The three-time Cy Young Award winner can certainly provide an extra pair of eyes for the Red Sox as they look to bounce back from two incredibly disappointing seasons. However, given what we recently learned about Boston’s brass in Terry Francona’s new book, you have to wonder if the Pedro hiring is a PR move as much as a baseball move. If there’s one thing we know, it’s that the folks on Yawkey Way care very much about public perception.

Kevin Millar and Pedro Martinez appeared drunk during their Red Sox toast (Video)

Friday was a day of celebration at Fenway Park, and Kevin Millar and Pedro Martinez took that message to heart. The former Boston World Series winners led a toast prior to the Red Sox-Yankees game on Friday, and they both seemed rather sloshed. I’m not sure how to describe the scene other than Millar reminded me of Will Ferrell jumping on stage to crash the Snoop Dogg show during “Old School.” I’m surprised Millar didn’t lead the crowd streaking down Yawkey Way and into the quad.

Below is another video, and this one culminates with Millar saying “I think we’re done … this is awkward now.”

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Pedro Martinez Defends Grady Little’s Decision to Leave Him in Game 7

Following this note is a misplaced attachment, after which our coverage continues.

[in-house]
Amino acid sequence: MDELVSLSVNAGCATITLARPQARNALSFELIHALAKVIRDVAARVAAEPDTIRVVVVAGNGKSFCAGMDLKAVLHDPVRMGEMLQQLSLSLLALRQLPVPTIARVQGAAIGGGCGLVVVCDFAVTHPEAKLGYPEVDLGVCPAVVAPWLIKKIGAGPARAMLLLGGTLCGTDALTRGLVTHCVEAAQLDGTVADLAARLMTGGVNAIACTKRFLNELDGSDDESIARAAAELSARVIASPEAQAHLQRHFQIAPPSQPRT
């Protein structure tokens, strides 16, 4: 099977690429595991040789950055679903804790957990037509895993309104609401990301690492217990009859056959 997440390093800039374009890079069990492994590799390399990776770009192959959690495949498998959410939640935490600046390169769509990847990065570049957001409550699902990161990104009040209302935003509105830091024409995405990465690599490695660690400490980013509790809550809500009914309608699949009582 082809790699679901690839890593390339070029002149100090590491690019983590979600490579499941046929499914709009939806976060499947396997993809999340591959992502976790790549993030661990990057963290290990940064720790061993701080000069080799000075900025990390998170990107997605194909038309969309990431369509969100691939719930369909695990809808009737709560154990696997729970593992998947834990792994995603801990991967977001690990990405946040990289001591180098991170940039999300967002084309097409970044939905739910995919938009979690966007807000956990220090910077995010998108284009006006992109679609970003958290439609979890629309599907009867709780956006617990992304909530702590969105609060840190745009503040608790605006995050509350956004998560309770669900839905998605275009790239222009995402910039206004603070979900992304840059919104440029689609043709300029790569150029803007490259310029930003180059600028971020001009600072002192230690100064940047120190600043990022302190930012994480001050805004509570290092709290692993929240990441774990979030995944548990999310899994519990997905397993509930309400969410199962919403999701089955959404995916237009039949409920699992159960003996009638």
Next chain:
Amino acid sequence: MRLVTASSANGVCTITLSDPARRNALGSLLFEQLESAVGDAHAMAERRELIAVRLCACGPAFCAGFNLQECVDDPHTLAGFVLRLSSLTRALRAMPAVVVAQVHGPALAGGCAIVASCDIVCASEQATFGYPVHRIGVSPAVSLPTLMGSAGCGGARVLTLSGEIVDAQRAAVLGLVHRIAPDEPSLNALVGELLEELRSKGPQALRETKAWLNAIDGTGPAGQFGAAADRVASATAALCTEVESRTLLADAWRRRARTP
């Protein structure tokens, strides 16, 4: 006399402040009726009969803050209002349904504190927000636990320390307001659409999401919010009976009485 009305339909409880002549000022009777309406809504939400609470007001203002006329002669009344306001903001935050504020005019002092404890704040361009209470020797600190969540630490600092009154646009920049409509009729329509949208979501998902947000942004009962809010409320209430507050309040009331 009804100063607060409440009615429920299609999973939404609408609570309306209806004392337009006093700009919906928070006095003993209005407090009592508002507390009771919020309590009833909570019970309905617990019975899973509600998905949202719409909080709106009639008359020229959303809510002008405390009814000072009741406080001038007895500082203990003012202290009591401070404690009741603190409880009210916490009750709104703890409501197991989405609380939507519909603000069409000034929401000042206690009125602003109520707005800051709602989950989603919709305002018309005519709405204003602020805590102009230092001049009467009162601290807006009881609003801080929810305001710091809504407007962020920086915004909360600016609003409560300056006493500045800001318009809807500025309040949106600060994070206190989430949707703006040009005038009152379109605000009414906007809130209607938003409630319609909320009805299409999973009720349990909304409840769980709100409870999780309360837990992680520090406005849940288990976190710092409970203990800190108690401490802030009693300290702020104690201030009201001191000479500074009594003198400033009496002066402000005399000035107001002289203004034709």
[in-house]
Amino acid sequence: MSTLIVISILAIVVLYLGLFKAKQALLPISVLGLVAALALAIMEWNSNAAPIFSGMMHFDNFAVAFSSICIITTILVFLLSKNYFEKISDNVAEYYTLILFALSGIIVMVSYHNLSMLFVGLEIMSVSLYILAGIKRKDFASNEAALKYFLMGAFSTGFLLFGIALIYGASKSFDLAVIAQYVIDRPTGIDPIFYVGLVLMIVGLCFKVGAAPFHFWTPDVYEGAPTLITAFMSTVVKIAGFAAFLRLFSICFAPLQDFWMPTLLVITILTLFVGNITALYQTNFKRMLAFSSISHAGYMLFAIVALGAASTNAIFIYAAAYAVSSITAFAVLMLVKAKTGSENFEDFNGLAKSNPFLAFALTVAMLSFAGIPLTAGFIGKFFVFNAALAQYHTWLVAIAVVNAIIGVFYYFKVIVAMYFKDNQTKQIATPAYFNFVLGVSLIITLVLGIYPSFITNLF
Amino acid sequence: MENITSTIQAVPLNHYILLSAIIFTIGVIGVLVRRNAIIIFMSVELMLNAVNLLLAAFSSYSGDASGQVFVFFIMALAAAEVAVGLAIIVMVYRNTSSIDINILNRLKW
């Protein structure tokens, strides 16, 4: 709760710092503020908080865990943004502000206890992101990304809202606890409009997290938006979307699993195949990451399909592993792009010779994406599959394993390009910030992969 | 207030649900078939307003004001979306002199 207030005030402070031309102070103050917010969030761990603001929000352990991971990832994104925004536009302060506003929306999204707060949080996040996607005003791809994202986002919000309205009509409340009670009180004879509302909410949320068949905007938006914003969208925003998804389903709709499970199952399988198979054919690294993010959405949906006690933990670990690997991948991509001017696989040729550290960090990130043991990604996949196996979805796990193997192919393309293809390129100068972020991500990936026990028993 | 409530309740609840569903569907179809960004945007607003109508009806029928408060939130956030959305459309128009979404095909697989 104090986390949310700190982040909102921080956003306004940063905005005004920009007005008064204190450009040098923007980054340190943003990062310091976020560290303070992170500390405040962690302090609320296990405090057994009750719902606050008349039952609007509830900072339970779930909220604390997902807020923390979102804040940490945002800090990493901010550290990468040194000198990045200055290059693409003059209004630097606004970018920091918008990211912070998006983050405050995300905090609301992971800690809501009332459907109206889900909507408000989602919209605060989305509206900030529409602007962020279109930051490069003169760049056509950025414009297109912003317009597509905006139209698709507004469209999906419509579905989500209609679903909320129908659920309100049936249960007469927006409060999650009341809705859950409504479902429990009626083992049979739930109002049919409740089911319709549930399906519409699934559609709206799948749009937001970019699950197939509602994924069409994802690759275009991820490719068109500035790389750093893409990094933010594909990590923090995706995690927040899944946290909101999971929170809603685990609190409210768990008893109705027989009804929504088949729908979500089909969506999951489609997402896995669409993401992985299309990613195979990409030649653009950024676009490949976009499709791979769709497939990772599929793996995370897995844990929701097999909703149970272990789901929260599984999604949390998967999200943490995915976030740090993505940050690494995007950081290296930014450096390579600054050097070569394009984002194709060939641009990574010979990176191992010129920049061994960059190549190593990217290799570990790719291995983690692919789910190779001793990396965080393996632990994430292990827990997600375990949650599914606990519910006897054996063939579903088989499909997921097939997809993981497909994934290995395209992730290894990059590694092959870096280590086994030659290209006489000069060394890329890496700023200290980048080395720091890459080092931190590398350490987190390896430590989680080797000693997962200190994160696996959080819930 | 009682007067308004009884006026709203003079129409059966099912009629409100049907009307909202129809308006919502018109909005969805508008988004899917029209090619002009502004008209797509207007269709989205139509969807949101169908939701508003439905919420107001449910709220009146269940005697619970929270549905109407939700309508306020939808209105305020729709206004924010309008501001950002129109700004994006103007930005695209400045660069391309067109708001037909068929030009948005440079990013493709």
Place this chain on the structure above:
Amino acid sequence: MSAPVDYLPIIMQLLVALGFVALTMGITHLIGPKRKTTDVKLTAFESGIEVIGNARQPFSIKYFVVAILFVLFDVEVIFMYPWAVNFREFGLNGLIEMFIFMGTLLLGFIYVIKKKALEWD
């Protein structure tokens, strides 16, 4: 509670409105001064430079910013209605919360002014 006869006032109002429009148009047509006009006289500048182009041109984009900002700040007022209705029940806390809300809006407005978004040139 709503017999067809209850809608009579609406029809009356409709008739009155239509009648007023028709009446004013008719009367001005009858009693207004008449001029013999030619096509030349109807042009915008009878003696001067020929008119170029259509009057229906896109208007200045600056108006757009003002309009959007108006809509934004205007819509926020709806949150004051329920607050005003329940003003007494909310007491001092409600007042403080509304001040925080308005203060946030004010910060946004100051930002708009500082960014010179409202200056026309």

There are few figures in Boston sports history who have worse status than former Red Sox manager Grady Little. If the Sox hadn’t won two World Series in the next four years, Little may have gone down in the same category as Bill Buckner and the Curse of the Bambino in New England, but luckily the Red Sox bailed him out.

In case you’re unfamiliar with Little’s Beantown offense, it dates back to Game 7 of the 2003 ALCS between the Red Sox and Yankees. The Red Sox were up 5-2 and ace Pedro Martinez got Nick Johnson to pop up to open the bottom of the 8th. The Red Sox were five outs from the World Series when Pedro gave up a double to Derek Jeter and an RBI single to Bernie Williams making it 5-3. Little took a mound visit and decided to stick with Pedro who gave up a ground rule double to Hideki Matsui. Jorge Posada then tied up the game with a two-run double before Little finally relieved Pedro for Alan Embree. The game remained tied until the 11th when Aaron Boone hit a walkoff home run sending the Yanks to the World Series.